My head ached from all the morbid thoughts that never stopped playing on my mind. I was being reminded now that life does not go on forever. I was learning how to deal with the idea of my mortality and the inevitability of death.

It’s strange that something like a virus becomes our wakeup call. Suddenly priorities shift. Suddenly one realizes what is most important and what is not.

As I looked around me I was filled with so much gratitude for the blessings in my life, some of which I may have taken for granted – my beautiful home, my friends, my family, my faith. I was overwhelmed with gratitude for the Grace of God that flows through me. For the Supreme Being who at every turn was there for me, holding my hand, lifting me, sending me the right people and opportunities, and guiding me to places where I would meet those who would become my lifelong friends.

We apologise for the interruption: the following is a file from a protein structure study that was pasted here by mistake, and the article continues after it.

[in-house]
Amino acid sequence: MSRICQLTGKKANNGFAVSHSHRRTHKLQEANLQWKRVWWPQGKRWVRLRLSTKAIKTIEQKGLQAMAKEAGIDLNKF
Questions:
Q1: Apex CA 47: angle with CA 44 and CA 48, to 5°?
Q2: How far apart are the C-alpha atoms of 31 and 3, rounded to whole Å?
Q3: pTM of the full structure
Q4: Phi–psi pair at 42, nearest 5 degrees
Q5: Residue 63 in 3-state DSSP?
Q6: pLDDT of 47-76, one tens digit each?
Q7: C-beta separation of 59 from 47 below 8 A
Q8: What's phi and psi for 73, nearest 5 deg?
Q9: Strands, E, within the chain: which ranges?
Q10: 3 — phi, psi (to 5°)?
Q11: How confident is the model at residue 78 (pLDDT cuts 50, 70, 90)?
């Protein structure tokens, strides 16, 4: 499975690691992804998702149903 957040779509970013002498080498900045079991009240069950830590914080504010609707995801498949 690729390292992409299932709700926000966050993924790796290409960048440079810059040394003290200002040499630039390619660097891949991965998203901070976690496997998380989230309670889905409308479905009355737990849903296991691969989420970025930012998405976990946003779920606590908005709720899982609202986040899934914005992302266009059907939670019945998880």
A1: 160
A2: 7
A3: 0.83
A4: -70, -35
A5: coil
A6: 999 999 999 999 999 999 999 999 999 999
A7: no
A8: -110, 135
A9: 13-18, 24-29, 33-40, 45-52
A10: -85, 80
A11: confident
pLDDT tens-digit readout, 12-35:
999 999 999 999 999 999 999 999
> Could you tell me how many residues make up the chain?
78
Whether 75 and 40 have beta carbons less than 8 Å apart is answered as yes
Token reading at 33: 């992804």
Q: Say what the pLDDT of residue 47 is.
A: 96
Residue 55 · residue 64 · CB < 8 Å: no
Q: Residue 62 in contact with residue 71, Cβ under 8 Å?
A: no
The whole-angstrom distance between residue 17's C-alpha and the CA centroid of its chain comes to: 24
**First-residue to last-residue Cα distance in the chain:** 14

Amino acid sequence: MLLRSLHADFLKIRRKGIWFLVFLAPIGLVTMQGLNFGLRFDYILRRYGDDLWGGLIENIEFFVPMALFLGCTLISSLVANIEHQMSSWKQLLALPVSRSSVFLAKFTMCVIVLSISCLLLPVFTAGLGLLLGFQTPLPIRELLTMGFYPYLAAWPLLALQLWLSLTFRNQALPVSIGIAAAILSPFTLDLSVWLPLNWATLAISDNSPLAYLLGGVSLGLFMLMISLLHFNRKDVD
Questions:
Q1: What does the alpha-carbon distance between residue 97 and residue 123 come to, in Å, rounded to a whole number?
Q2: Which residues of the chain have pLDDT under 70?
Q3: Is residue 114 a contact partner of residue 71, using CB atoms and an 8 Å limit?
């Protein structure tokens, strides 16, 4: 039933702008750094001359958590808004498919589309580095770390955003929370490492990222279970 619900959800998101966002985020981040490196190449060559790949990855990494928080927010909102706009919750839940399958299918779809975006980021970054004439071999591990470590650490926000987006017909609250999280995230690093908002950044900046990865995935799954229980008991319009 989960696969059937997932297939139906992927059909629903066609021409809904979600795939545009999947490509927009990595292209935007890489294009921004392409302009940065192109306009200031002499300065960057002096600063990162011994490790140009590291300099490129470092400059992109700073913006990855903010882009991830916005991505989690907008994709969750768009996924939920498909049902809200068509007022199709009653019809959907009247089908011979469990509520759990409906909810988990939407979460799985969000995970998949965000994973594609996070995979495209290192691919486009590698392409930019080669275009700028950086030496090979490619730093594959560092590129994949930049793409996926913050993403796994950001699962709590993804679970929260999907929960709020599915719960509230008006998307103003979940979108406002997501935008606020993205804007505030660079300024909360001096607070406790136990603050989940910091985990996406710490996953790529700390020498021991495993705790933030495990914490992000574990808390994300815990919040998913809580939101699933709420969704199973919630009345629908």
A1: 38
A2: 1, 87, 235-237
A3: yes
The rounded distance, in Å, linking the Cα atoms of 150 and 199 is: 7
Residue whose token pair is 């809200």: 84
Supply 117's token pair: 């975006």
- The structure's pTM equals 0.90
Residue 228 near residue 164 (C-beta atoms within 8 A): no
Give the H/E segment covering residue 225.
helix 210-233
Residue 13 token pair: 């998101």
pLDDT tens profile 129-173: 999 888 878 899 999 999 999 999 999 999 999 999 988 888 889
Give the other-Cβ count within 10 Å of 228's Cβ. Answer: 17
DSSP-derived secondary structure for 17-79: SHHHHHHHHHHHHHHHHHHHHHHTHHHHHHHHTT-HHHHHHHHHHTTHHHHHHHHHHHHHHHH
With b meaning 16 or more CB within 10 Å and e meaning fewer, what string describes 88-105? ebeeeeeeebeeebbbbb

What a blessed and beautiful life this was!

And in the midst of all the fogginess, I remember thinking –

What if everything I ever believed in was a lie?

What if the “perfect life” I strived for is not so perfect after all?

I relived my life, and picked up the broken pieces I called my life, and tried to make sense of them. I gathered and assembled all those broken pieces and filled the cracks with gold – just as I had done during my journey at a Buddhist monastery a couple of years ago, just as I did all the while I was writing my book, Gold in the Cracks.

The human body is a pretty impressive construct and a pharmacy in itself. It knows how to heal itself.  It took an entire week for the fog to lift. I feel perfectly whole and healthy now. Amazing, isn’t it?